Knowing for sure that someone has to go is hard, but I have learned that if I start thinking someone needs to go, they need to go. It is always the right call to upgrade when you realize someone can’t or isn’t succeeding.

One of the most critical inflection points in the evolution of a startup: the “succession” from a founder-CEO to a “professional” (nonfounding) CEO.

Managing a technical team is quite different from managing multiple functions that must interact and with most of which the CEO has little direct experience. At this point, the startup’s finances and metrics also become much more complex, requiring a level of financial sophistication possessed by few founder-CEOs. The leap from leading product development to leading a multifunction startup challenges not only the founder’s skills, but – perhaps even more profoundly – his or her values.

Founders who refuse to give up ownership and control in either or both of these ways will be less likely to attract the resources they need and thus not be able to fully pursue the opportunities they envision. It appears, then, that each of our founding dilemmas is also a dilemma of what resources to acquire at what cost in ownership and control. This is the dilemma behind all the other dilemmas.

My analyses also suggest that founders who keep control personally give up a significant amount financially. Such founders tend to build a less valuable startup while keeping a larger share of equity in it, but it turns out that the value-seeking founder’s “smaller slice of a larger pie” is generally greater than the control-seeking founder’s “larger slice of a smaller pie.”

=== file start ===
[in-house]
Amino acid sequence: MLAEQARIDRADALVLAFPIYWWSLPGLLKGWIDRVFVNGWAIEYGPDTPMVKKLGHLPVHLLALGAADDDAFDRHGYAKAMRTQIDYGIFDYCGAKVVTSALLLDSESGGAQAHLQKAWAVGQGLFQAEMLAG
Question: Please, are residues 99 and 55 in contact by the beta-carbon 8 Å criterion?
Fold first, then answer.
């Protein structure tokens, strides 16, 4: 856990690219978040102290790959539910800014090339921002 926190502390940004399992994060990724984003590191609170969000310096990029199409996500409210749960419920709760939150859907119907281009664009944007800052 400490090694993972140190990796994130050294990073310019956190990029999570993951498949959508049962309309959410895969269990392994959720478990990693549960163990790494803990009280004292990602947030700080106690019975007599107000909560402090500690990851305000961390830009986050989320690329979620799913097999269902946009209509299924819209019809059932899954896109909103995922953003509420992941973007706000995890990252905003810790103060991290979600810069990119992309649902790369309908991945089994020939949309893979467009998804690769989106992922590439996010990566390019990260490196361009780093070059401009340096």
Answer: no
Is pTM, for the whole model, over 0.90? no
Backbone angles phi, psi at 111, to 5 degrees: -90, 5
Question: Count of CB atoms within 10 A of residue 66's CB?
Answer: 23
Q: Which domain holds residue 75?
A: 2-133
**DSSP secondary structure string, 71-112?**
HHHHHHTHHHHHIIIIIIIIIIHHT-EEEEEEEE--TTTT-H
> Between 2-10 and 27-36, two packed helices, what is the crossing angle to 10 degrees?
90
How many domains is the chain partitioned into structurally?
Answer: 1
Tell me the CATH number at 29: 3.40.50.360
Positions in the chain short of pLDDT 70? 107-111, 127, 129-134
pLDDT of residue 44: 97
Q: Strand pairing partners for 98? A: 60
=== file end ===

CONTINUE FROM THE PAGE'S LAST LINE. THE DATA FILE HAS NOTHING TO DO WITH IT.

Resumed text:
The hardest decision a founder, inventor, or entrepreneur needs to make is “when do I give up some control to grow the company”.

Hegarty on Creativity – There Are No Rules

Rule number one of traveling to a new place is to visit its museums. I wish some museums offer lodging service, for example, one could happily spend three days and nights of a long weekend in Metropolitan Museum of Art. Rule No. 2 is its independent or secondhand bookstores. I have a very soft spot for secondhand book shops. Sadly it seems that I have not come across many of them outside London. Rule No. 3 is to see its cemeteries. One I visited recently is the Mountain Cemetery and its adjacent Veteran Memorial in Sonoma. I was struck by sadness when I saw the empty space left for future names on the memorial stone. It is indeed practical to plan for further additions, nevertheless upsetting to think about the inevitable. These are the rules to be exercised with flexibility and a priority ordering given the circumstances.

I wandered into Ben McNally Books in Toronto one late afternoon last week. The bookshop was beautiful and private. There were very few people there probably because it was a workday. Exploring its collections felt like being spoiled in a private library of one’s own, although I would remove probably three quarters of novels from the shelves and replace them with science and engineering books, but leave the other categories untouched, if it is my library. There I was browsing randomly. A small book with lemon yellow cover and neat design caught my eyes. Hegarty on Creativity – There are No Rules, I picked it up without any hesitation. Judge me if you wish. I cannot resist a book as elegantly presented as this and especially one with such a title. I must find out what is inside and who is Hegarty.